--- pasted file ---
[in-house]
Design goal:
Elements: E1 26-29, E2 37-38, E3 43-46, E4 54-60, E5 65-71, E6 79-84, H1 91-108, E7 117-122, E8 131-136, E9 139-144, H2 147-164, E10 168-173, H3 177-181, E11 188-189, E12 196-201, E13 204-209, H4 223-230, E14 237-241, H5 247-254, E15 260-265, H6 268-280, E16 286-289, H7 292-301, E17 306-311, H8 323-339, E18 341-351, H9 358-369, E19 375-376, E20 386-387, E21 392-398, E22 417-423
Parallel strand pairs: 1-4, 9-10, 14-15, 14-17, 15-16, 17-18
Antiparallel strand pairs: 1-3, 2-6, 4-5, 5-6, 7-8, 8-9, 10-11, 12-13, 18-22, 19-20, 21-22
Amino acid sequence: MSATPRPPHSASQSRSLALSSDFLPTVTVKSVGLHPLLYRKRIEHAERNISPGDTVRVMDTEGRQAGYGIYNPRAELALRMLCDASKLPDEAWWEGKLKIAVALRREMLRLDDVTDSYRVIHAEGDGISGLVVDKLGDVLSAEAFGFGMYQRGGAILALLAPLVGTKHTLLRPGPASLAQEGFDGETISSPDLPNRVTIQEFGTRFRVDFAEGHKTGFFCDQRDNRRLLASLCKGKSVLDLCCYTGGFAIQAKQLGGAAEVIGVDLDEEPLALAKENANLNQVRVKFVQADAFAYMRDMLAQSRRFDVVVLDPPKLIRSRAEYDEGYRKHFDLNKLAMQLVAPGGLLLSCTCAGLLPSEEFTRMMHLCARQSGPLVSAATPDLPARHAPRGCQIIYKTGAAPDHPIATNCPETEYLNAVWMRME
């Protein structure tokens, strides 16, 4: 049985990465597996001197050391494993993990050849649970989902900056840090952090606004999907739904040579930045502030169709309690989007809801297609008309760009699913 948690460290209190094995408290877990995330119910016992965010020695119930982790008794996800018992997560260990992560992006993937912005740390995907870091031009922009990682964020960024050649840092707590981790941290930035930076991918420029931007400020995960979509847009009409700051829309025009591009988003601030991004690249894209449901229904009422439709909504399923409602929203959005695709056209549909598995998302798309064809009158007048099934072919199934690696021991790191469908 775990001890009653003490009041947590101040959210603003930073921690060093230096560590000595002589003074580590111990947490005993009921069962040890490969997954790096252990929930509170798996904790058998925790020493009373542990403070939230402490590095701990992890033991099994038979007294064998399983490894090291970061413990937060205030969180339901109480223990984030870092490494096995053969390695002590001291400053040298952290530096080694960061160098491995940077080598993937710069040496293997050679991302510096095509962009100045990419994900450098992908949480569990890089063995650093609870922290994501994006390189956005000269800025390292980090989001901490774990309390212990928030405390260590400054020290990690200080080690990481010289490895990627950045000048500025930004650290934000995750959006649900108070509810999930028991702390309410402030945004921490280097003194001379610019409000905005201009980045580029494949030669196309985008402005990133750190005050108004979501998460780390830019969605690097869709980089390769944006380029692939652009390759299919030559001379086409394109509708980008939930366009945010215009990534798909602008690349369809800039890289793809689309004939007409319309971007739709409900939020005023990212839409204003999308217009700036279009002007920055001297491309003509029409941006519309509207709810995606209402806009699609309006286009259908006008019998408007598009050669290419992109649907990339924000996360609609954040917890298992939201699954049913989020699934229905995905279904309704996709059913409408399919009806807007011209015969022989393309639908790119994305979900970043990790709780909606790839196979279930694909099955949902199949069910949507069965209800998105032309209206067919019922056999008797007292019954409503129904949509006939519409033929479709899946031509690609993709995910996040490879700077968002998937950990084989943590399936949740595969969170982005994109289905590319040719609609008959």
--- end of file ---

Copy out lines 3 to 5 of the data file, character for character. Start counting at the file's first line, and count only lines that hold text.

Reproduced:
Elements: E1 26-29, E2 37-38, E3 43-46, E4 54-60, E5 65-71, E6 79-84, H1 91-108, E7 117-122, E8 131-136, E9 139-144, H2 147-164, E10 168-173, H3 177-181, E11 188-189, E12 196-201, E13 204-209, H4 223-230, E14 237-241, H5 247-254, E15 260-265, H6 268-280, E16 286-289, H7 292-301, E17 306-311, H8 323-339, E18 341-351, H9 358-369, E19 375-376, E20 386-387, E21 392-398, E22 417-423
Parallel strand pairs: 1-4, 9-10, 14-15, 14-17, 15-16, 17-18
Antiparallel strand pairs: 1-3, 2-6, 4-5, 5-6, 7-8, 8-9, 10-11, 12-13, 18-22, 19-20, 21-22